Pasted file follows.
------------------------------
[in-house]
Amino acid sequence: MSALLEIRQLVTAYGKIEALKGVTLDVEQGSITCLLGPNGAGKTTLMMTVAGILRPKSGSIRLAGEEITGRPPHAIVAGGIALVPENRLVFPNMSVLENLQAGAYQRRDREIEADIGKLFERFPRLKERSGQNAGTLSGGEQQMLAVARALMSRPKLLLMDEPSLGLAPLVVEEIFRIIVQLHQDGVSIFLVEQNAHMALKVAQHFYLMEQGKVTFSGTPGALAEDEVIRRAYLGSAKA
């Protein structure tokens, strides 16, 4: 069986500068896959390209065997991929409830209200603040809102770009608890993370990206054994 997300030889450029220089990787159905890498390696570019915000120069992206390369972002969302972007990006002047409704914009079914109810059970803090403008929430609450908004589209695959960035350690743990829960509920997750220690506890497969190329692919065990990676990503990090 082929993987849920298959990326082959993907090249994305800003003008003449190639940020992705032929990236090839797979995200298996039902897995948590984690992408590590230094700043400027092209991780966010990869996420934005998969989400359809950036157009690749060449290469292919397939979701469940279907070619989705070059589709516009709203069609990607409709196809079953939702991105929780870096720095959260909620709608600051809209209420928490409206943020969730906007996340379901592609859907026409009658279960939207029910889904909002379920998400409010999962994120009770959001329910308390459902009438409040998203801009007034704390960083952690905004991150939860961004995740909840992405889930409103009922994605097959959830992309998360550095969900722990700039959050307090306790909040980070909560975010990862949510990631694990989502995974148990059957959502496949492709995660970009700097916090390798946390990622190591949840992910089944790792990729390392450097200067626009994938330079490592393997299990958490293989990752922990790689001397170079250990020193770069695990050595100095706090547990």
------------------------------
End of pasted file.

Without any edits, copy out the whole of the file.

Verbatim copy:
[in-house]
Amino acid sequence: MSALLEIRQLVTAYGKIEALKGVTLDVEQGSITCLLGPNGAGKTTLMMTVAGILRPKSGSIRLAGEEITGRPPHAIVAGGIALVPENRLVFPNMSVLENLQAGAYQRRDREIEADIGKLFERFPRLKERSGQNAGTLSGGEQQMLAVARALMSRPKLLLMDEPSLGLAPLVVEEIFRIIVQLHQDGVSIFLVEQNAHMALKVAQHFYLMEQGKVTFSGTPGALAEDEVIRRAYLGSAKA
């Protein structure tokens, strides 16, 4: 069986500068896959390209065997991929409830209200603040809102770009608890993370990206054994 997300030889450029220089990787159905890498390696570019915000120069992206390369972002969302972007990006002047409704914009079914109810059970803090403008929430609450908004589209695959960035350690743990829960509920997750220690506890497969190329692919065990990676990503990090 082929993987849920298959990326082959993907090249994305800003003008003449190639940020992705032929990236090839797979995200298996039902897995948590984690992408590590230094700043400027092209991780966010990869996420934005998969989400359809950036157009690749060449290469292919397939979701469940279907070619989705070059589709516009709203069609990607409709196809079953939702991105929780870096720095959260909620709608600051809209209420928490409206943020969730906007996340379901592609859907026409009658279960939207029910889904909002379920998400409010999962994120009770959001329910308390459902009438409040998203801009007034704390960083952690905004991150939860961004995740909840992405889930409103009922994605097959959830992309998360550095969900722990700039959050307090306790909040980070909560975010990862949510990631694990989502995974148990059957959502496949492709995660970009700097916090390798946390990622190591949840992910089944790792990729390392450097200067626009994938330079490592393997299990958490293989990752922990790689001397170079250990020193770069695990050595100095706090547990």